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Deb follows the signs on path to rewarding career


A qualified interpreter and Auslan teacher, Deb was drawn to the role, which offered the perfect chance to help people with disability in the ACT.

“I was in employment services and saw a job advertisement for the LAC role. I was inspired by the opportunity to utilise all my skills in one position, so I felt a career as an LAC would be the right fit for me, so I jumped at it” she said.

“I also felt it would be a position where I would be able to have contact with people with disability and be able to give them a voice and let them know they were heard.”


Deb has accomplished a lot in assisting National Disability Insurance Scheme (NDIS) recipients to achieve their goals since becoming an LAC in January.

Building on past and new relationships specifically within the Deaf community in the ACT, Deb has become a crucial conduit between Deaf participants and the NDIS.

But every journey has a beginning, and for Deb, her passion for helping others was sparked in the early 1980s.

“When I started in the Australian Public Service, one of the staff members was particularly quiet and I had not seen other staff members speaking with her,” Deb said.

“It became apparent that she was Deaf and used sign language to communicate with another staff members.  I knew the alphabet in fingerspelling and approached her to introduce myself.

With Auslan not being heard of until 1987 and sign language yet to be recognised as the language of the Deaf community, Deb’s co-worker used what was called Deaf Sign or Deaf Talk.

Engrossing herself in learning to be able to support her co-worker, Deb learnt fingerspelling and signing, and within a few months was able to share in conversation and become her on-site interpreter.

“When I learned about interpreting, I wanted to know more,” Deb said.

“I learned there were no courses available to teach interpreting for the Deaf community and no language courses where I could learn the skills needed to improve my communication. 

“So, my colleague would invite me to meet her Deaf friends and suddenly I was interpreting at parties. I attended any public events that had an interpreter and got to know the Canberra Deaf Community who gave me the social opportunities to develop my language skills.”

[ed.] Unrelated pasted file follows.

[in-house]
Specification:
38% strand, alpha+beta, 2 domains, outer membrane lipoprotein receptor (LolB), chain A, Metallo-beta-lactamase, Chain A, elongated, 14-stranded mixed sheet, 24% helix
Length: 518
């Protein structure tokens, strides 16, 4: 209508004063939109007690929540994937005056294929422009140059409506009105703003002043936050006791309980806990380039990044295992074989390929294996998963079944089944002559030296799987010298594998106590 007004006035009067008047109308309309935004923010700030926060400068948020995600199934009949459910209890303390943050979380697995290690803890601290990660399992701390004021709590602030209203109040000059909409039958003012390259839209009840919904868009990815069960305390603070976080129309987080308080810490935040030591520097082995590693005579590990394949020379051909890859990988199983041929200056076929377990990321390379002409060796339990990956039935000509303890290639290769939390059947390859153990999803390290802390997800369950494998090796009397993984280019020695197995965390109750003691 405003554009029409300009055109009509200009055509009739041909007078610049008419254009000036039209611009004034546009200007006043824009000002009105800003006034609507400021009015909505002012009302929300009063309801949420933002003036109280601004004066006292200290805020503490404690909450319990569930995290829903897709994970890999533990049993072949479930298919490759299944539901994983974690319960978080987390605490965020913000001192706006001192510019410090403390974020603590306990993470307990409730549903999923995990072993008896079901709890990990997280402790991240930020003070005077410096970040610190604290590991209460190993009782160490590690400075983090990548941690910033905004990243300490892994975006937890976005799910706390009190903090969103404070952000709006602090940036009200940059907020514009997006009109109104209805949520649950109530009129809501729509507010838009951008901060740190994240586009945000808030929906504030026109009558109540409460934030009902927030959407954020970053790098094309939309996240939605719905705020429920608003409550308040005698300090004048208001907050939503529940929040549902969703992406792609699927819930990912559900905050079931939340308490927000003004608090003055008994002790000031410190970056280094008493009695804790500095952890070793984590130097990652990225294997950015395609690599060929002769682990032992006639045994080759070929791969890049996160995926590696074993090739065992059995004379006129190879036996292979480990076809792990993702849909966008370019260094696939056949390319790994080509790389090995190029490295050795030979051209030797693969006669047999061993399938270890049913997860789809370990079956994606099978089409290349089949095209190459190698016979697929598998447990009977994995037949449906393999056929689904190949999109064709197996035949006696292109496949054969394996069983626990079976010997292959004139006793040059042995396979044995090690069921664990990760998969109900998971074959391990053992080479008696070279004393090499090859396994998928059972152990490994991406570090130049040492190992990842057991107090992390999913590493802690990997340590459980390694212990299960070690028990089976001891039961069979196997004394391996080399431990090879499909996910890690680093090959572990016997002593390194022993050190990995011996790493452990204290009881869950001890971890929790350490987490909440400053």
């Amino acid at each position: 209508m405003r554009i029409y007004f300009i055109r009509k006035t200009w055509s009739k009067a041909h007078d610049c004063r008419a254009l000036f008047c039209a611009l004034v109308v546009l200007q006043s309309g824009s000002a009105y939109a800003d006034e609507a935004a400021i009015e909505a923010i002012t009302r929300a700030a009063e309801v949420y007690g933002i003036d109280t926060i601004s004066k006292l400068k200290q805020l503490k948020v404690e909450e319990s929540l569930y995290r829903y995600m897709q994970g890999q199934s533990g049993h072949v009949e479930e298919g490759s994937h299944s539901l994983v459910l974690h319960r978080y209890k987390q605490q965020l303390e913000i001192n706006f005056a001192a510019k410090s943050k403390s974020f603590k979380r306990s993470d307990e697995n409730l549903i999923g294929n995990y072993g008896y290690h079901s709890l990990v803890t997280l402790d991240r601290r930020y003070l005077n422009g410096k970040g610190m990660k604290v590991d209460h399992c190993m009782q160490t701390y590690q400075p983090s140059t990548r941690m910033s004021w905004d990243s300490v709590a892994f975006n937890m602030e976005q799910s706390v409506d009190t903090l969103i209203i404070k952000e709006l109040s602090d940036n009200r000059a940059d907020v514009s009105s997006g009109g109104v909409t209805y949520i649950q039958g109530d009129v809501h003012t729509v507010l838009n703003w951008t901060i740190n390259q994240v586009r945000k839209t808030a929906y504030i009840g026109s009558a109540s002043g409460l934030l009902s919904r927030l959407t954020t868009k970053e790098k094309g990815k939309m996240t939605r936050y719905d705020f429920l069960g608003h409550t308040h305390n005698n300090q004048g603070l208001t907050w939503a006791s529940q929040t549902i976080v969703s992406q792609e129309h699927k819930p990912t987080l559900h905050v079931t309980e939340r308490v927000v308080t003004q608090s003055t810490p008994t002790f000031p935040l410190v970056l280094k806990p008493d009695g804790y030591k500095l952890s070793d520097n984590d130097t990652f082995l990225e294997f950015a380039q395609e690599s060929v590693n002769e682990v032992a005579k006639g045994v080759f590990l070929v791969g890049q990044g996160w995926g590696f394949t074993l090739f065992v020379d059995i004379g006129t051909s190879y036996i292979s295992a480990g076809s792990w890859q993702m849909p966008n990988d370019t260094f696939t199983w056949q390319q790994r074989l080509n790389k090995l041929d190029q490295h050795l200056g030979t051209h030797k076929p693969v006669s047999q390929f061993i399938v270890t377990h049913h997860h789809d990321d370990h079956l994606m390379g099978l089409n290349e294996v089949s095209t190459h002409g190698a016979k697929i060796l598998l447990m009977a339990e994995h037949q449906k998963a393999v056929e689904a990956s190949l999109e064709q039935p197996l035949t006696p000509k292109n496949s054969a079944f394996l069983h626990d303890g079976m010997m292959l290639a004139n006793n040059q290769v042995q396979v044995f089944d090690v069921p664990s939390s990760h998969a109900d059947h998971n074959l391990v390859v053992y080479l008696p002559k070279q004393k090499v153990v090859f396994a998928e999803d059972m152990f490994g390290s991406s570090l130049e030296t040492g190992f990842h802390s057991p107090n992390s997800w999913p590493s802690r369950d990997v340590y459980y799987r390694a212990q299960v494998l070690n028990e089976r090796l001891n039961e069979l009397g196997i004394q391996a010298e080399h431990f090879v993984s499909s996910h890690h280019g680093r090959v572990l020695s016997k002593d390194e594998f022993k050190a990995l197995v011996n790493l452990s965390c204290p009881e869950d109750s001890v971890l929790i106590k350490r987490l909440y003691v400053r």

Obtaining her Level 2 National Accreditation for Translators and Interpreters accreditation in 1989, Deb went on to receive her Level 3 professional accreditation before supporting the development and establishment of training courses for interpreting skill development.

“Since then, Auslan has been recognised, and there are now training courses for Auslan and Interpreting, so Deaf people’s voices are being heard,” Deb said. 

“It has been a privilege for me to be a small contributor and part of that and be able to provide such a valuable service.”

From interpreter work with prime ministers, celebrities and comedians at locations such as Parliament House, religious events, and at births, deaths and marriages, Deb has had many opportunities to work in situations she thought she would never “have the chance to experience”.


Applying those skills and her passion to her LAC role, Deb has played a crucial role in assisting Feros Care participants within the Deaf community.

Helping to ease any confusion by translating NDIS information from English to Auslan, Deb has been developing strong connections in the process.

“Through meeting with participants using Auslan, I’ve been able to breakdown NDIS terminology, to help around understanding the NDIS and plan management while breaking down any confusion,” Deb said.

“Having that cultural knowledge and community links provides a sense of trust, and for participants using Auslan, being able to express themselves in their own language makes it much easier for them.

“At one meeting, a participant brought a support worker along, who said it was great having an LAC who knew Auslan, as she could just sit back and provide support, so that was rewarding.”

Taking her drive to the next level, Deb has joined forces with fellow Auslan trained LACs, Beth Helmers and Amy Holt, to develop the early stages of a project which will directly assist ACT’s Deaf community.

Including workshops, the project will offer the opportunity for Deaf participants to have their questions answered, while offering information on NDIS plan funding, how to prepare for meetings and reviews, and providing tools for plan self-management.

Not only crucial for participants, Feros Care Community Development Coordinator (CDC), Tara Barrett, said Deb’s skills and passion had also proven invaluable for her fellow LACs.

“Having that personal drive provides an extra edge to go that further step for others, and people like Deb always go the extra mile,” Tara said.

“With ongoing changes to hearing support technology, having people like Deb who are fully across hearing support is so beneficial to our ACT team.

“It really builds capacity for all LACs, so it’s great to have someone like Deb with her skills and passion.”

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